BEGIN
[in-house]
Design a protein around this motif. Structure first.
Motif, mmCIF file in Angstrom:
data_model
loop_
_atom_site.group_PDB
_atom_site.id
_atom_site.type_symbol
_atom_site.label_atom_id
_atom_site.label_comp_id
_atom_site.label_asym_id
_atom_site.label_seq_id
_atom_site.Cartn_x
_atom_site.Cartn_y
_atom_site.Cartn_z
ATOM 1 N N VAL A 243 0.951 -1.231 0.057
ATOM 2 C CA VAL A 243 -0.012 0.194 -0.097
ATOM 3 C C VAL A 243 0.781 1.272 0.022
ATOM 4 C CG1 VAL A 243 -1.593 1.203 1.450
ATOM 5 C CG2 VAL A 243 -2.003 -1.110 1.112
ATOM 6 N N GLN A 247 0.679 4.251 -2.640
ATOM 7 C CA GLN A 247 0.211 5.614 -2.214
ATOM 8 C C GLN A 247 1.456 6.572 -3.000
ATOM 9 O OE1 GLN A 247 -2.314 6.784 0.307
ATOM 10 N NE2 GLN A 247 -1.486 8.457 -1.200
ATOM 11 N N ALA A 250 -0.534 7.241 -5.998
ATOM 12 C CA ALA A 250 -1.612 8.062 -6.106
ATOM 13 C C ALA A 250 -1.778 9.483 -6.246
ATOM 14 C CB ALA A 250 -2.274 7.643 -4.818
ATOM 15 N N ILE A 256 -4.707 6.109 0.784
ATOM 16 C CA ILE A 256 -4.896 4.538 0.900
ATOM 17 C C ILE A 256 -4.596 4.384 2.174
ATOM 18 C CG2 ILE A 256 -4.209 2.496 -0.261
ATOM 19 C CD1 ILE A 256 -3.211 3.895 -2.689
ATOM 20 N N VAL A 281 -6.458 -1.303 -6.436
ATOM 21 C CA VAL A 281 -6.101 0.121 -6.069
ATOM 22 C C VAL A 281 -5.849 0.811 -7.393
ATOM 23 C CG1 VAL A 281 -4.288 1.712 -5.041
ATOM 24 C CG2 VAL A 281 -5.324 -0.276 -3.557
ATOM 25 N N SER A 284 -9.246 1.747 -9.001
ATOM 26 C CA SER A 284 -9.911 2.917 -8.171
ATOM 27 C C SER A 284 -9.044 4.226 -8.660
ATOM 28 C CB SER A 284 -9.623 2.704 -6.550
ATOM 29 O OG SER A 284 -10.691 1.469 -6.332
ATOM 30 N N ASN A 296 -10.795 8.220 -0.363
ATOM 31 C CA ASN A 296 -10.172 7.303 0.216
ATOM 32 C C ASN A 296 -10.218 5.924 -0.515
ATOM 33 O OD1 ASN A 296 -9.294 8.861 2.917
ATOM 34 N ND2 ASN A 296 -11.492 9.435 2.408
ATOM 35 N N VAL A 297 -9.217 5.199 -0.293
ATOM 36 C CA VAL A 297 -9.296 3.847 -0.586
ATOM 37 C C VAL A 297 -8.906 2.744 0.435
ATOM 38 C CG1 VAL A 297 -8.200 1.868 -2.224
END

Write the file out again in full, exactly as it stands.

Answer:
[in-house]
Design a protein around this motif. Structure first.
Motif, mmCIF file in Angstrom:
data_model
loop_
_atom_site.group_PDB
_atom_site.id
_atom_site.type_symbol
_atom_site.label_atom_id
_atom_site.label_comp_id
_atom_site.label_asym_id
_atom_site.label_seq_id
_atom_site.Cartn_x
_atom_site.Cartn_y
_atom_site.Cartn_z
ATOM 1 N N VAL A 243 0.951 -1.231 0.057
ATOM 2 C CA VAL A 243 -0.012 0.194 -0.097
ATOM 3 C C VAL A 243 0.781 1.272 0.022
ATOM 4 C CG1 VAL A 243 -1.593 1.203 1.450
ATOM 5 C CG2 VAL A 243 -2.003 -1.110 1.112
ATOM 6 N N GLN A 247 0.679 4.251 -2.640
ATOM 7 C CA GLN A 247 0.211 5.614 -2.214
ATOM 8 C C GLN A 247 1.456 6.572 -3.000
ATOM 9 O OE1 GLN A 247 -2.314 6.784 0.307
ATOM 10 N NE2 GLN A 247 -1.486 8.457 -1.200
ATOM 11 N N ALA A 250 -0.534 7.241 -5.998
ATOM 12 C CA ALA A 250 -1.612 8.062 -6.106
ATOM 13 C C ALA A 250 -1.778 9.483 -6.246
ATOM 14 C CB ALA A 250 -2.274 7.643 -4.818
ATOM 15 N N ILE A 256 -4.707 6.109 0.784
ATOM 16 C CA ILE A 256 -4.896 4.538 0.900
ATOM 17 C C ILE A 256 -4.596 4.384 2.174
ATOM 18 C CG2 ILE A 256 -4.209 2.496 -0.261
ATOM 19 C CD1 ILE A 256 -3.211 3.895 -2.689
ATOM 20 N N VAL A 281 -6.458 -1.303 -6.436
ATOM 21 C CA VAL A 281 -6.101 0.121 -6.069
ATOM 22 C C VAL A 281 -5.849 0.811 -7.393
ATOM 23 C CG1 VAL A 281 -4.288 1.712 -5.041
ATOM 24 C CG2 VAL A 281 -5.324 -0.276 -3.557
ATOM 25 N N SER A 284 -9.246 1.747 -9.001
ATOM 26 C CA SER A 284 -9.911 2.917 -8.171
ATOM 27 C C SER A 284 -9.044 4.226 -8.660
ATOM 28 C CB SER A 284 -9.623 2.704 -6.550
ATOM 29 O OG SER A 284 -10.691 1.469 -6.332
ATOM 30 N N ASN A 296 -10.795 8.220 -0.363
ATOM 31 C CA ASN A 296 -10.172 7.303 0.216
ATOM 32 C C ASN A 296 -10.218 5.924 -0.515
ATOM 33 O OD1 ASN A 296 -9.294 8.861 2.917
ATOM 34 N ND2 ASN A 296 -11.492 9.435 2.408
ATOM 35 N N VAL A 297 -9.217 5.199 -0.293
ATOM 36 C CA VAL A 297 -9.296 3.847 -0.586
ATOM 37 C C VAL A 297 -8.906 2.744 0.435
ATOM 38 C CG1 VAL A 297 -8.200 1.868 -2.224